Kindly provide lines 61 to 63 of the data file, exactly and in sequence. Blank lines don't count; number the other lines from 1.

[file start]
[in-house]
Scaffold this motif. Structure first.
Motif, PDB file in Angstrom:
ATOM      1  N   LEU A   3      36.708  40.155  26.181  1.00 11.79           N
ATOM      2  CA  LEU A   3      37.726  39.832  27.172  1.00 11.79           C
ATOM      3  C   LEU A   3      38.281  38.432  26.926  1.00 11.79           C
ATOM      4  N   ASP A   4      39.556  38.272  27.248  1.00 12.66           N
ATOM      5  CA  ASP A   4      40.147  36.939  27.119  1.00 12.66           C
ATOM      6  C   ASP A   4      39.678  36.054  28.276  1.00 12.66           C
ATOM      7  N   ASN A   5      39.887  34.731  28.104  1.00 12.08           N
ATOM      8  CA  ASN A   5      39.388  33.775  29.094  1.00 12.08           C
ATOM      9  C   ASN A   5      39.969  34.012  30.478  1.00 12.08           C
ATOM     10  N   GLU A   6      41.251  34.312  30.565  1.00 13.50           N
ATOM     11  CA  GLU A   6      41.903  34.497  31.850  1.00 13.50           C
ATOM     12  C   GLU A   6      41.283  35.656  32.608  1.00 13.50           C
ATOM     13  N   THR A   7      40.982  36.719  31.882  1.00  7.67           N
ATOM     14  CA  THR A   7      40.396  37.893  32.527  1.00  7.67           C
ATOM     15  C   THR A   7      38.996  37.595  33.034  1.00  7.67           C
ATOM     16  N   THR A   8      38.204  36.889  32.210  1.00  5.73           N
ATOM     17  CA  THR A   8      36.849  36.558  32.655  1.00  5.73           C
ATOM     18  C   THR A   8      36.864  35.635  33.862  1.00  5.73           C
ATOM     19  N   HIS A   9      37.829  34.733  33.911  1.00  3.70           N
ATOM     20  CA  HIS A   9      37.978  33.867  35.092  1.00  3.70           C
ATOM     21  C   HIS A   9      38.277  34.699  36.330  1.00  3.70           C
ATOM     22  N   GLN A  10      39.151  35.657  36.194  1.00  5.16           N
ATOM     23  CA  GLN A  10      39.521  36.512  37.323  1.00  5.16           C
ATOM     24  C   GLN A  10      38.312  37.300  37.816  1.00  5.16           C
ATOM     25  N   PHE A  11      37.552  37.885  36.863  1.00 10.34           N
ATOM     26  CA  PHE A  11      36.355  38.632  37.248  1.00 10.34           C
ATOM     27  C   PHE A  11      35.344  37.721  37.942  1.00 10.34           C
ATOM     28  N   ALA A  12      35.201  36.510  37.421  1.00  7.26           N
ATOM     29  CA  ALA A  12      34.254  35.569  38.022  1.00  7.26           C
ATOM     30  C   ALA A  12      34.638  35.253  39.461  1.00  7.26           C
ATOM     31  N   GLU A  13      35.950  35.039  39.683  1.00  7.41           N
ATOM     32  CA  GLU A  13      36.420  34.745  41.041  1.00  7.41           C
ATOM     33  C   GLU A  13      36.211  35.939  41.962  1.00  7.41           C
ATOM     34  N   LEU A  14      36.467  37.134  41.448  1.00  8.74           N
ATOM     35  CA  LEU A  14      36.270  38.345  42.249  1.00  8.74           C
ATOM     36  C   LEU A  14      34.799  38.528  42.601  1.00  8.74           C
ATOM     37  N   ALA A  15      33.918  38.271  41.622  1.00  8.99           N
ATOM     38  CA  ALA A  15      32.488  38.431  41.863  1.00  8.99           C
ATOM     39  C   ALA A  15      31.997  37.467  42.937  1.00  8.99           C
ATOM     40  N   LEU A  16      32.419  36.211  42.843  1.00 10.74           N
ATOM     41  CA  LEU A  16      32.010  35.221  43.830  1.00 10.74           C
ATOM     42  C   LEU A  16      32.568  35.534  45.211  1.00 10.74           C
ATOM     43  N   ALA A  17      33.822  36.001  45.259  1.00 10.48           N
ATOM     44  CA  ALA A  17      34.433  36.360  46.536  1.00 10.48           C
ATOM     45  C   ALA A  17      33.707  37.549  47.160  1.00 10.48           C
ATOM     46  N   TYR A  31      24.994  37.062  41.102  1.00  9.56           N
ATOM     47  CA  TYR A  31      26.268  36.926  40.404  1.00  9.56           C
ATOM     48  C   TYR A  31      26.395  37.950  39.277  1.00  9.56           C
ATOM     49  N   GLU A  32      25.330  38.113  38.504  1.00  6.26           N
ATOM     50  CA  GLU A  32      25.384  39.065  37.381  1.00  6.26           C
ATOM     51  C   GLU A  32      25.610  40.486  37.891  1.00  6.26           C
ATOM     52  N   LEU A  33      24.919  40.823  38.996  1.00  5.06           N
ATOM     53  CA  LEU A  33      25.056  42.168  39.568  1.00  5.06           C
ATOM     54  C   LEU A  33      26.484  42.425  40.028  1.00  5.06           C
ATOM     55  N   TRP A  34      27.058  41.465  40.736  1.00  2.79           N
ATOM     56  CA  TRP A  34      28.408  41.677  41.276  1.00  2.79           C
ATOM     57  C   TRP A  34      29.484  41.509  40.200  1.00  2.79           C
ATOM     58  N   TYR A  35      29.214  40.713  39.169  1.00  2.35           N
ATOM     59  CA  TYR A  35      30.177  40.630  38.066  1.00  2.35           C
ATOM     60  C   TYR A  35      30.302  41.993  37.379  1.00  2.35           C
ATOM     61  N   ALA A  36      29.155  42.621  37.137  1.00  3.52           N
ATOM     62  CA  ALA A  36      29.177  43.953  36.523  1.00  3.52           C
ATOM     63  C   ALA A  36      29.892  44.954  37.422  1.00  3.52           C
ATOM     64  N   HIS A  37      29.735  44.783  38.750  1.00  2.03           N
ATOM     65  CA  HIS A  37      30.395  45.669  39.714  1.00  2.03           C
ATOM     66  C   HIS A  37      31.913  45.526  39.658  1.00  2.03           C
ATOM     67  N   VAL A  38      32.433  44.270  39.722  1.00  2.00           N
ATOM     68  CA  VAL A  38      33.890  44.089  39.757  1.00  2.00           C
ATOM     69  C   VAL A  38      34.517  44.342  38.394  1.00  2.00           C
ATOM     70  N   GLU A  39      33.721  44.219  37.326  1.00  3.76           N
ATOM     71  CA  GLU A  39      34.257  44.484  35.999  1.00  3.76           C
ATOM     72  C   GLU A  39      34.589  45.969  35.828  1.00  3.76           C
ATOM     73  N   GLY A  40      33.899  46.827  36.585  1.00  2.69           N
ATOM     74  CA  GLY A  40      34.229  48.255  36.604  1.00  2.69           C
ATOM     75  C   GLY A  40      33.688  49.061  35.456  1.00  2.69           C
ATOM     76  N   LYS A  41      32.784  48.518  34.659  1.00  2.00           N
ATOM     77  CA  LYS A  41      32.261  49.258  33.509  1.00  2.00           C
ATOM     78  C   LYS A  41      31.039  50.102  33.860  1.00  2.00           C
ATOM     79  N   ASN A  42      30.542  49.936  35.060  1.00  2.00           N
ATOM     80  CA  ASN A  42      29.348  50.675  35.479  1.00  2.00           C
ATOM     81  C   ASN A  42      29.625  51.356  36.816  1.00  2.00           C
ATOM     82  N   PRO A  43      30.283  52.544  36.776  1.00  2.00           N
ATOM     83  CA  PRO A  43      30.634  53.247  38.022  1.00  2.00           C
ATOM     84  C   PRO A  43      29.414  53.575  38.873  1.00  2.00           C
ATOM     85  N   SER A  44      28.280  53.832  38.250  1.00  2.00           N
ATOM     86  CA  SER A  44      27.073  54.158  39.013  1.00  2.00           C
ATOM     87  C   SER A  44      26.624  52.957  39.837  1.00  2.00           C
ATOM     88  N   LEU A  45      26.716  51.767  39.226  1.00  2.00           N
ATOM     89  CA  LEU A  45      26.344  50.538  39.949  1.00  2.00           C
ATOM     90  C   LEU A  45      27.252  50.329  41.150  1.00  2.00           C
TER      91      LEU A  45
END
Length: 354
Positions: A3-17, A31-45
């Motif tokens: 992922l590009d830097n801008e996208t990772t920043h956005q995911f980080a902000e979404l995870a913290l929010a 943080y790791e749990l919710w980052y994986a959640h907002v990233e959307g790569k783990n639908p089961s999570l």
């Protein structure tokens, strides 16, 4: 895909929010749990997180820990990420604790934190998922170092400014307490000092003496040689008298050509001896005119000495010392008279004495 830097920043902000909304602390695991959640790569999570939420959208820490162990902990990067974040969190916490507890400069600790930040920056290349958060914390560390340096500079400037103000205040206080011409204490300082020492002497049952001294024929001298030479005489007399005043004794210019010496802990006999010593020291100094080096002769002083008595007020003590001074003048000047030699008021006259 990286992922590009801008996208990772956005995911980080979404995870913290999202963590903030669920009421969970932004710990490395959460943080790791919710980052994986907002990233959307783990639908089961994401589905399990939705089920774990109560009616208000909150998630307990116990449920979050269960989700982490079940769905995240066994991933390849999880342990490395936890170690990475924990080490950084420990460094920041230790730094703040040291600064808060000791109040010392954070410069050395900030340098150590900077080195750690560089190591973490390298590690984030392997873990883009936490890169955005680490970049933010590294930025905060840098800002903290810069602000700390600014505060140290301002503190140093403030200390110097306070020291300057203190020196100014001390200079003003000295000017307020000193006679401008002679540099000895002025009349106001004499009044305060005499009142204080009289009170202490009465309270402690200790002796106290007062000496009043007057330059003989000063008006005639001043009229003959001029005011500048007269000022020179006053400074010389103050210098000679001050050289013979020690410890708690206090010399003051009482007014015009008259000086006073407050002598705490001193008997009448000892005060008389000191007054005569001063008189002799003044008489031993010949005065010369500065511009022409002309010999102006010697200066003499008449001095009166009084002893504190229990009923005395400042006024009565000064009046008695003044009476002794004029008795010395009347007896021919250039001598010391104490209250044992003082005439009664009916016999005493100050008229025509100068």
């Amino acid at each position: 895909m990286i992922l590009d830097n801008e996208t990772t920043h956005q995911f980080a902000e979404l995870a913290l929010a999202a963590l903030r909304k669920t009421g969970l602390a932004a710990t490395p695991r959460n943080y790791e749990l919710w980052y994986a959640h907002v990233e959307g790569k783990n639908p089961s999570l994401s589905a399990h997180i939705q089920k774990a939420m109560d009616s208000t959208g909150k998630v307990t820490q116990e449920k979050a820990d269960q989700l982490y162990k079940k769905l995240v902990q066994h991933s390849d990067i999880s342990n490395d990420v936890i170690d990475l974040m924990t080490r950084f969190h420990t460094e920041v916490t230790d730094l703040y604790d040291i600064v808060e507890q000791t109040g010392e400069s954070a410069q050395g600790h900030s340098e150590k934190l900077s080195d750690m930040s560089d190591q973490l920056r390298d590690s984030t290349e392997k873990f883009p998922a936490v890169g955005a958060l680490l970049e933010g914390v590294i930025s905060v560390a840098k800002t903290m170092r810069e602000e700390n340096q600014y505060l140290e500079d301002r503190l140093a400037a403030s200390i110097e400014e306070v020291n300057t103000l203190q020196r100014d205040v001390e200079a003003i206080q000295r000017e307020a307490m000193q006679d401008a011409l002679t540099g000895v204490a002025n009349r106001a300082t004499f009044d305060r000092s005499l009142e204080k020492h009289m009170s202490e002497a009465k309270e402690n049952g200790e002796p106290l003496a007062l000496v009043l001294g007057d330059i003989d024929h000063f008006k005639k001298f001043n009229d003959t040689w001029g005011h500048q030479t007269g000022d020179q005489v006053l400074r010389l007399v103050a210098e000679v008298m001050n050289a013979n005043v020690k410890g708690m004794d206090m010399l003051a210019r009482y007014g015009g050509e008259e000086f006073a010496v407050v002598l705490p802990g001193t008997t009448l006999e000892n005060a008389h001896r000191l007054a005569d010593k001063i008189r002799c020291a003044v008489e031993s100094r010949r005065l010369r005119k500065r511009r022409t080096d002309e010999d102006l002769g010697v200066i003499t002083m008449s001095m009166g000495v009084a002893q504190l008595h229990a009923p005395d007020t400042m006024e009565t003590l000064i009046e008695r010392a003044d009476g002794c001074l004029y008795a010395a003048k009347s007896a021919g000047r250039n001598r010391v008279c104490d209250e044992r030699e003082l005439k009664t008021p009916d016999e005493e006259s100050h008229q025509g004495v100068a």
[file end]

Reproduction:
ATOM     58  N   TYR A  35      29.214  40.713  39.169  1.00  2.35           N
ATOM     59  CA  TYR A  35      30.177  40.630  38.066  1.00  2.35           C
ATOM     60  C   TYR A  35      30.302  41.993  37.379  1.00  2.35           C